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Did you know that there’s this lump of fat buried deep inside your brain that rules the world? It’s called the amygdala. It holds the power to: Create wars, breakdown marriages and even breakdown communication at work. It's basically responsible for your emotions, how you behave and motivation levels. The key is to learn how to communicate to the other person's amygdala, to minimise the threat response.
How do I know all this? Well in 2016 I had the privilege of attending David Rock’s talk on Neuroleadership at KPMG in Sydney Australia. David coined the term NeuroLeadership and is the co-founder of The NeuroLeadership Institute, a global organisation that has helped many fortune 500 clients around the world make a paradigm shift in the way they lead. Besides consulting, coaching and training, the institute hires neuroscientists who go after big research projects and work with major labs in order to understand about what motivates the brain at work and how leaders can improve engagement by simply understanding the science behind it.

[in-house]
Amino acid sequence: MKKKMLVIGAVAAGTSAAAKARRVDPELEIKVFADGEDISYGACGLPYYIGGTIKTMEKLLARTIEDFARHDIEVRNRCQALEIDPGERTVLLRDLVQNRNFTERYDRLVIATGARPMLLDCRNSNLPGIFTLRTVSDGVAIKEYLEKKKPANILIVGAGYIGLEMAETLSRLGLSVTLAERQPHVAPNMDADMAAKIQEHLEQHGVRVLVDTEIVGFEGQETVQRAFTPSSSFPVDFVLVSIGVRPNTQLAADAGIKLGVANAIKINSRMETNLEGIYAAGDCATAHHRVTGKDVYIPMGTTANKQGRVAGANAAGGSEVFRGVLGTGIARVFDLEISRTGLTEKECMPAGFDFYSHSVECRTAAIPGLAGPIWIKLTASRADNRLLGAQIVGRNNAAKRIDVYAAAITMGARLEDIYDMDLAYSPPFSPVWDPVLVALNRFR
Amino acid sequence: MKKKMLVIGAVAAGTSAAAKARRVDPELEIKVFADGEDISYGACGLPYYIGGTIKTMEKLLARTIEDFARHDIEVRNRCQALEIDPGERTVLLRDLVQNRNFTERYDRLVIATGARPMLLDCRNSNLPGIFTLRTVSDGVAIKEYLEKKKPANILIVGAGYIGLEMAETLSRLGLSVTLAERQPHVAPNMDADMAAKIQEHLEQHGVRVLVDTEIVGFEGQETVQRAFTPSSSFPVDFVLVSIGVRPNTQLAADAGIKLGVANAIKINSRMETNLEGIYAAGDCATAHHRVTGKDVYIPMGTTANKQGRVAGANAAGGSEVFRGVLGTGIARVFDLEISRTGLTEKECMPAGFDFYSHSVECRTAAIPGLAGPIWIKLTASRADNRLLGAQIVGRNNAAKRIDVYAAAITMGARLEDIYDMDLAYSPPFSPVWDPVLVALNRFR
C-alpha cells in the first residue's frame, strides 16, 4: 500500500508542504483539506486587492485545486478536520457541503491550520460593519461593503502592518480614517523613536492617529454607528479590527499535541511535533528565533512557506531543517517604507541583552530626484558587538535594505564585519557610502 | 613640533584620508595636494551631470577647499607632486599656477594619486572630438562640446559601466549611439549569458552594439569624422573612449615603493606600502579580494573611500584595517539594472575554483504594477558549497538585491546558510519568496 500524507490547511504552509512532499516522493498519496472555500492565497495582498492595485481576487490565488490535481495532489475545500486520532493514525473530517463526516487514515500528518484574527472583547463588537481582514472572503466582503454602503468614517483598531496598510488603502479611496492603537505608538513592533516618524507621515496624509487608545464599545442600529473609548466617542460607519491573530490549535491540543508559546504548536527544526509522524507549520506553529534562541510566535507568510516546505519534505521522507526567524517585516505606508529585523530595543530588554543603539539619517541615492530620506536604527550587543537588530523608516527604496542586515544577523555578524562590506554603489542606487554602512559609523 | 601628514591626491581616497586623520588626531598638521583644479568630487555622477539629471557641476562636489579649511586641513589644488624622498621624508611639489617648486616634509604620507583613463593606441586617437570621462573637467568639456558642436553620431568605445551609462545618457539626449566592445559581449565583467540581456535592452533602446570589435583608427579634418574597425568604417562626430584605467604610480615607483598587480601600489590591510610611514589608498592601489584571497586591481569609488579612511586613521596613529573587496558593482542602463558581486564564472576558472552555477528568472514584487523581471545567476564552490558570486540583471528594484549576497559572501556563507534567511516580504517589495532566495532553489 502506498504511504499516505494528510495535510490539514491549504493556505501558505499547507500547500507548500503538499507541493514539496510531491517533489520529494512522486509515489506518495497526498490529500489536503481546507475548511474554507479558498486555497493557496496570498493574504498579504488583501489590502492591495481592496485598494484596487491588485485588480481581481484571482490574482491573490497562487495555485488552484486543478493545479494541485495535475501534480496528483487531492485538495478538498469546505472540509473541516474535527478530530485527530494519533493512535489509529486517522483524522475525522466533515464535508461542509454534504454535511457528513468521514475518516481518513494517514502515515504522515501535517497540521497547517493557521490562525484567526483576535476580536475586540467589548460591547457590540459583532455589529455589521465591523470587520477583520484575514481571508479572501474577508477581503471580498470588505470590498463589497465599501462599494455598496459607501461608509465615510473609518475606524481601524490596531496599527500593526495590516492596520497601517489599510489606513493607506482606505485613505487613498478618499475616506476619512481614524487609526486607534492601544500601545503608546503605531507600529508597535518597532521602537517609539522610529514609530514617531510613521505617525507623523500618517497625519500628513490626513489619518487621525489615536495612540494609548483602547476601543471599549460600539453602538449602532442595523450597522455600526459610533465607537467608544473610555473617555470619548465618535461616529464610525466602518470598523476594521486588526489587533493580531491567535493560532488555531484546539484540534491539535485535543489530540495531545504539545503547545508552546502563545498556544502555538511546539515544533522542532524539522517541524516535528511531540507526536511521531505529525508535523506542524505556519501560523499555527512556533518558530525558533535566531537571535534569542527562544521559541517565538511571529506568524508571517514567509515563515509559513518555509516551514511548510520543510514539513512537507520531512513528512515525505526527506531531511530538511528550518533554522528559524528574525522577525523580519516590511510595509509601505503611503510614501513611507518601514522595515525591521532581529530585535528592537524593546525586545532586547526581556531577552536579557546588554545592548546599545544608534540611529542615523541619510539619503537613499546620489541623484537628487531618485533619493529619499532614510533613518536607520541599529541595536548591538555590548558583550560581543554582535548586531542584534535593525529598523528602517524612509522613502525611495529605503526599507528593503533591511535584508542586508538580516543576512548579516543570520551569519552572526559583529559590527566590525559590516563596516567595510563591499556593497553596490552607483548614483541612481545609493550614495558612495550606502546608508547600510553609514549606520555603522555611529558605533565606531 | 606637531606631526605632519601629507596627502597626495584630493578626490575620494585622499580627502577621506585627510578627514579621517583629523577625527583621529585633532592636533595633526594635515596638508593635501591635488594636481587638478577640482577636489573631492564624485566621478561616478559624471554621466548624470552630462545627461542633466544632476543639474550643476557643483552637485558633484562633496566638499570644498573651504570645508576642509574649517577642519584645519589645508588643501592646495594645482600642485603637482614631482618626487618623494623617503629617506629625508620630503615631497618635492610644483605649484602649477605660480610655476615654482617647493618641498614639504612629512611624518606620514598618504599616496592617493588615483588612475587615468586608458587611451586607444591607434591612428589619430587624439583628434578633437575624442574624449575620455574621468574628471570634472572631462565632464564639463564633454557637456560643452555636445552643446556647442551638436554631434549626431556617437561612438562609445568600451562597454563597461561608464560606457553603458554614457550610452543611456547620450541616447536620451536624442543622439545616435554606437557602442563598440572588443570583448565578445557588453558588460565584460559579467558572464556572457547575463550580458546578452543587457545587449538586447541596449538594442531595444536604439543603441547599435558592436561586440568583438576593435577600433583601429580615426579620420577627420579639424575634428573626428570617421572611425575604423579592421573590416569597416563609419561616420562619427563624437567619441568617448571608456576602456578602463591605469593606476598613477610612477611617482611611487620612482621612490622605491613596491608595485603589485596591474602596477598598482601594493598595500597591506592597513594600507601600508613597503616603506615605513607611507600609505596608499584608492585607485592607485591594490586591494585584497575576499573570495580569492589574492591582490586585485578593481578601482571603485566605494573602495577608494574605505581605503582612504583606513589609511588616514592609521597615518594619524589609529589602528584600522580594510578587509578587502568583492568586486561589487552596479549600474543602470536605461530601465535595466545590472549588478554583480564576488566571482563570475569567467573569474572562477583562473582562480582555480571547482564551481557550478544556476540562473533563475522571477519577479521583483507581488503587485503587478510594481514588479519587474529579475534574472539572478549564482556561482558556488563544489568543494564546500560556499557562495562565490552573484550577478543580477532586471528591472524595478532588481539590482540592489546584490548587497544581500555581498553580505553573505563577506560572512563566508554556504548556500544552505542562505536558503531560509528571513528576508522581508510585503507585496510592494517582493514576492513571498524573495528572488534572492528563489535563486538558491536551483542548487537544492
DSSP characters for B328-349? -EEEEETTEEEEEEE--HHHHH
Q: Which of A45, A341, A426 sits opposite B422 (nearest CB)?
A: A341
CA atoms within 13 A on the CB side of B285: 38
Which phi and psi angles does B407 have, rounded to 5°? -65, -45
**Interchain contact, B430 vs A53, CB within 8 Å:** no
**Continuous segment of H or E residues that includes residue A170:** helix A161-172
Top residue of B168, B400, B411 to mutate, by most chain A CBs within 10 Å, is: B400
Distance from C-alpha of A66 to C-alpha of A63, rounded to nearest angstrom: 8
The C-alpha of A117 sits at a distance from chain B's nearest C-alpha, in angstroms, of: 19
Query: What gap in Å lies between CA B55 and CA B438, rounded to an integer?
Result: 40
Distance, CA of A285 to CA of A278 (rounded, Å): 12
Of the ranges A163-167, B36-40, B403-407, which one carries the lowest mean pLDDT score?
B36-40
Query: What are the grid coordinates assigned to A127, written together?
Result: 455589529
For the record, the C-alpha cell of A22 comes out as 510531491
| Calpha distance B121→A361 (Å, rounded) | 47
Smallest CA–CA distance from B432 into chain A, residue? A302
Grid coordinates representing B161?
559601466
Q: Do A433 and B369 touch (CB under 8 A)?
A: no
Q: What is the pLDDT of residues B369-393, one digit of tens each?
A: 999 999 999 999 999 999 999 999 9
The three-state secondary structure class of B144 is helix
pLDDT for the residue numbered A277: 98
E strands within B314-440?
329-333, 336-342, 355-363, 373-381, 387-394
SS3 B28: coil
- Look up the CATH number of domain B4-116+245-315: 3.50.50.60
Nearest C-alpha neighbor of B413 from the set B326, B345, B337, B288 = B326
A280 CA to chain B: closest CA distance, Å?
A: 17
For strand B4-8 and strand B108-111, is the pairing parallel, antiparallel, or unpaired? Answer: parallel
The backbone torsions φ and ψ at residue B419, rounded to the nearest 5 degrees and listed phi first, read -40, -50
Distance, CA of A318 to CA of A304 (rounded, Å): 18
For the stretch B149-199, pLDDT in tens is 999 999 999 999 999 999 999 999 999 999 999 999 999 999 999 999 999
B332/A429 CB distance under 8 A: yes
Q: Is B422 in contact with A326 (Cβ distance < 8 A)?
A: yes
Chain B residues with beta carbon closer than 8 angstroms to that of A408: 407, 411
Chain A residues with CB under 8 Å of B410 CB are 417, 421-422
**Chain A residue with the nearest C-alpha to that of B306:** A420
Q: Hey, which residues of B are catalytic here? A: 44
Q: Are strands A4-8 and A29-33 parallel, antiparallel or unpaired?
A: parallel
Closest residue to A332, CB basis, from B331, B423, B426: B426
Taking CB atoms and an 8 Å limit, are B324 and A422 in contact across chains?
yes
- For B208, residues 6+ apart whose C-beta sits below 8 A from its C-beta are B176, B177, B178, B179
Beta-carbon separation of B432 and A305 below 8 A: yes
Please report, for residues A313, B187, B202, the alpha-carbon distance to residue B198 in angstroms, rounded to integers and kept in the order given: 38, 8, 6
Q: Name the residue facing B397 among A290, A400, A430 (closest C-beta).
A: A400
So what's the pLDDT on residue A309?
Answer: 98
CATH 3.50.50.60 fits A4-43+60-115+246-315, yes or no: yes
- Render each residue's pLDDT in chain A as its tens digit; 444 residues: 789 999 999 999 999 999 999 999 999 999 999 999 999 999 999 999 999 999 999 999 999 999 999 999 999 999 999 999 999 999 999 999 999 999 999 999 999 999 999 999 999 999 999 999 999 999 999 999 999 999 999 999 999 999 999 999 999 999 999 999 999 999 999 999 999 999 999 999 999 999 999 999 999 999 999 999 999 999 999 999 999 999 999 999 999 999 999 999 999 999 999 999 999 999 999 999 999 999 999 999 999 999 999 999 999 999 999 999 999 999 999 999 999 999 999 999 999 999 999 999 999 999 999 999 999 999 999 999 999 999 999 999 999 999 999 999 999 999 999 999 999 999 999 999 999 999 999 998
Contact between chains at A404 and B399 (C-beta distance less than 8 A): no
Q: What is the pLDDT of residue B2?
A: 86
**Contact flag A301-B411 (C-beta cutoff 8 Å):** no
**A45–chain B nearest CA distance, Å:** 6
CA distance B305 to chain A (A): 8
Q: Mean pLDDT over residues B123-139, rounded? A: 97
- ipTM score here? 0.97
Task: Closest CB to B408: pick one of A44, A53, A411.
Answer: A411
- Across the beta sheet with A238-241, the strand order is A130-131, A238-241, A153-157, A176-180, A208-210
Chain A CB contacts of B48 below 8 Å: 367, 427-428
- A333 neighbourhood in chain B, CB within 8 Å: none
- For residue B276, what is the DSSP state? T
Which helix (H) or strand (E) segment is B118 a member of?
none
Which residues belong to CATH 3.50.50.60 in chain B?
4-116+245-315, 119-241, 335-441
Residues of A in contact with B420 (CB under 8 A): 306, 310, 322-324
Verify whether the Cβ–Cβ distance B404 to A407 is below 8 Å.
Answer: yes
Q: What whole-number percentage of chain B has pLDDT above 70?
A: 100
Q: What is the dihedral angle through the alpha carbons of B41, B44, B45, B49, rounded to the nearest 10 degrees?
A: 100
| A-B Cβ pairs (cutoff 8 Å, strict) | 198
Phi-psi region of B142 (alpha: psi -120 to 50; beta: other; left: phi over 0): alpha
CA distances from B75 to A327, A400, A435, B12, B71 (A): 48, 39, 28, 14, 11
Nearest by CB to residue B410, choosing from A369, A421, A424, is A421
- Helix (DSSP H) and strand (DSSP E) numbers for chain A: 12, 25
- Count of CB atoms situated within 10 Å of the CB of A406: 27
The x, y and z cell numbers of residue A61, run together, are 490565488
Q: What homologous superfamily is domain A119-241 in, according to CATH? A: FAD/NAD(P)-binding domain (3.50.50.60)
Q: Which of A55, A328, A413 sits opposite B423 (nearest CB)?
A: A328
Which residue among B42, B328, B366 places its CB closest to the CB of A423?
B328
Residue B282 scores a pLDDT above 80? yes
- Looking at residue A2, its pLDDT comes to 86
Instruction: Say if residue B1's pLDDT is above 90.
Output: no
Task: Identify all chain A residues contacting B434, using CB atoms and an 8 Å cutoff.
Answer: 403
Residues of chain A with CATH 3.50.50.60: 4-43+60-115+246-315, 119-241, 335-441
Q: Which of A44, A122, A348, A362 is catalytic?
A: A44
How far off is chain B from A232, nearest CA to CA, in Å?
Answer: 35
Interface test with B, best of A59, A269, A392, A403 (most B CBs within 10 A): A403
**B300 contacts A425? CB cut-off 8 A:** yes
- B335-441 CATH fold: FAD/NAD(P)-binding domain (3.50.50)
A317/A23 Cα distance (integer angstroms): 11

What David spoke about sounded pretty familiar from all the work I have been involved with in regards to NLP coaching and Leadership. However he used hard science to give it all a little more value and credibility.
David talked about how effective leadership mostly has to do with minimising the threat response in the primitive part of our brain called the amygdala. Apparently when managers give negative feedback or communicate ineffectively, it activates in the person receiving it, the part of the brain which deals with fight of flight. The more the person who is receiving feedback feels threatened, the more the cortisol in their brain increases and dopamine decreases. This leads to loss of engagement and motivation. So the goal is to create a safe environment where we minimise the threat response.
David spoke about 3 key things which can assist leaders in minimising the threat response: